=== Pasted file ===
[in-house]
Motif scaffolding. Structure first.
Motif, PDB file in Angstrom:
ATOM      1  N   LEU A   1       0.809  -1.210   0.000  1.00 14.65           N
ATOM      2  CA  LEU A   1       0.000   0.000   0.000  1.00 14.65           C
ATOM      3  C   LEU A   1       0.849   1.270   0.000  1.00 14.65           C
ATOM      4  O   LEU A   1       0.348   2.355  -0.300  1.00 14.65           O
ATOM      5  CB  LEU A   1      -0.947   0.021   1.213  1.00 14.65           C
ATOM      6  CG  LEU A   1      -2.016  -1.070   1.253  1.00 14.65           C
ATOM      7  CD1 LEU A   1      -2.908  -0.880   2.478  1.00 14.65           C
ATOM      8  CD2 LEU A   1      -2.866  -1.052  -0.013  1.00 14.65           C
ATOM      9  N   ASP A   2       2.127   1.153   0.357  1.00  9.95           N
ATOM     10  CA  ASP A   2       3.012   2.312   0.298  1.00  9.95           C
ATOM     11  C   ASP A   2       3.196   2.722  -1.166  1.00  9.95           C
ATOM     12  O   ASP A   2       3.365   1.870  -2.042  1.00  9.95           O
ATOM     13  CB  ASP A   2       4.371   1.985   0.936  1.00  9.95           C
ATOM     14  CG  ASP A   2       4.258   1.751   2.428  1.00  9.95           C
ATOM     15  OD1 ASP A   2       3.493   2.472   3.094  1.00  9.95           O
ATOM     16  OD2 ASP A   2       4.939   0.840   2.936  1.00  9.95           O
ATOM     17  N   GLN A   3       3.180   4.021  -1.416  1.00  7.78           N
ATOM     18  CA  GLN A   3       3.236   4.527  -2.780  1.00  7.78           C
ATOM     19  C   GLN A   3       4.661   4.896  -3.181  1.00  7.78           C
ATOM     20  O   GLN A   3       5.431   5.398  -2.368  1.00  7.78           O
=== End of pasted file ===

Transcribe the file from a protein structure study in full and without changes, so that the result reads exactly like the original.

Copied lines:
[in-house]
Motif scaffolding. Structure first.
Motif, PDB file in Angstrom:
ATOM      1  N   LEU A   1       0.809  -1.210   0.000  1.00 14.65           N
ATOM      2  CA  LEU A   1       0.000   0.000   0.000  1.00 14.65           C
ATOM      3  C   LEU A   1       0.849   1.270   0.000  1.00 14.65           C
ATOM      4  O   LEU A   1       0.348   2.355  -0.300  1.00 14.65           O
ATOM      5  CB  LEU A   1      -0.947   0.021   1.213  1.00 14.65           C
ATOM      6  CG  LEU A   1      -2.016  -1.070   1.253  1.00 14.65           C
ATOM      7  CD1 LEU A   1      -2.908  -0.880   2.478  1.00 14.65           C
ATOM      8  CD2 LEU A   1      -2.866  -1.052  -0.013  1.00 14.65           C
ATOM      9  N   ASP A   2       2.127   1.153   0.357  1.00  9.95           N
ATOM     10  CA  ASP A   2       3.012   2.312   0.298  1.00  9.95           C
ATOM     11  C   ASP A   2       3.196   2.722  -1.166  1.00  9.95           C
ATOM     12  O   ASP A   2       3.365   1.870  -2.042  1.00  9.95           O
ATOM     13  CB  ASP A   2       4.371   1.985   0.936  1.00  9.95           C
ATOM     14  CG  ASP A   2       4.258   1.751   2.428  1.00  9.95           C
ATOM     15  OD1 ASP A   2       3.493   2.472   3.094  1.00  9.95           O
ATOM     16  OD2 ASP A   2       4.939   0.840   2.936  1.00  9.95           O
ATOM     17  N   GLN A   3       3.180   4.021  -1.416  1.00  7.78           N
ATOM     18  CA  GLN A   3       3.236   4.527  -2.780  1.00  7.78           C
ATOM     19  C   GLN A   3       4.661   4.896  -3.181  1.00  7.78           C
ATOM     20  O   GLN A   3       5.431   5.398  -2.368  1.00  7.78           O